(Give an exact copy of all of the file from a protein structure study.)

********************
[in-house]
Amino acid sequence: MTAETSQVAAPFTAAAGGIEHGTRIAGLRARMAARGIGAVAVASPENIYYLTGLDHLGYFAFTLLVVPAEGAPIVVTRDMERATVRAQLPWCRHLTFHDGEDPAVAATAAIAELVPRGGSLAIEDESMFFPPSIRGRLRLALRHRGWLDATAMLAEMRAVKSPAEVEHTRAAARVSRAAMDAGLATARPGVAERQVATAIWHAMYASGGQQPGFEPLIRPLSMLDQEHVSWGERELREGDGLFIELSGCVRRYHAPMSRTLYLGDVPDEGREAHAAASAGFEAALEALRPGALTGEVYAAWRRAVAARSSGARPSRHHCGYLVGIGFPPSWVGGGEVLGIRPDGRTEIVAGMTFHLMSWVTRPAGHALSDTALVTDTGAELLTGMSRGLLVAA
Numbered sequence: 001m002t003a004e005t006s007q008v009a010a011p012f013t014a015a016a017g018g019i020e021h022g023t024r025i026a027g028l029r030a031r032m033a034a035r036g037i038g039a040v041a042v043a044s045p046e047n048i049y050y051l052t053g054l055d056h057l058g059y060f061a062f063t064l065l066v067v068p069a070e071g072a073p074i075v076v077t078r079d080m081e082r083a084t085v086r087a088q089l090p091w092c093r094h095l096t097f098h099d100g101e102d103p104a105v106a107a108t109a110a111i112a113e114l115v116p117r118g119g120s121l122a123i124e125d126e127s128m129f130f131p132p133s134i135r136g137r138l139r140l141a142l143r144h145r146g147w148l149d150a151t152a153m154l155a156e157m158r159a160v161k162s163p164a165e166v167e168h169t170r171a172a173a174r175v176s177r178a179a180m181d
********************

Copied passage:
[in-house]
Amino acid sequence: MTAETSQVAAPFTAAAGGIEHGTRIAGLRARMAARGIGAVAVASPENIYYLTGLDHLGYFAFTLLVVPAEGAPIVVTRDMERATVRAQLPWCRHLTFHDGEDPAVAATAAIAELVPRGGSLAIEDESMFFPPSIRGRLRLALRHRGWLDATAMLAEMRAVKSPAEVEHTRAAARVSRAAMDAGLATARPGVAERQVATAIWHAMYASGGQQPGFEPLIRPLSMLDQEHVSWGERELREGDGLFIELSGCVRRYHAPMSRTLYLGDVPDEGREAHAAASAGFEAALEALRPGALTGEVYAAWRRAVAARSSGARPSRHHCGYLVGIGFPPSWVGGGEVLGIRPDGRTEIVAGMTFHLMSWVTRPAGHALSDTALVTDTGAELLTGMSRGLLVAA
Numbered sequence: 001m002t003a004e005t006s007q008v009a010a011p012f013t014a015a016a017g018g019i020e021h022g023t024r025i026a027g028l029r030a031r032m033a034a035r036g037i038g039a040v041a042v043a044s045p046e047n048i049y050y051l052t053g054l055d056h057l058g059y060f061a062f063t064l065l066v067v068p069a070e071g072a073p074i075v076v077t078r079d080m081e082r083a084t085v086r087a088q089l090p091w092c093r094h095l096t097f098h099d100g101e102d103p104a105v106a107a108t109a110a111i112a113e114l115v116p117r118g119g120s121l122a123i124e125d126e127s128m129f130f131p132p133s134i135r136g137r138l139r140l141a142l143r144h145r146g147w148l149d150a151t152a153m154l155a156e157m158r159a160v161k162s163p164a165e166v167e168h169t170r171a172a173a174r175v176s177r178a179a180m181d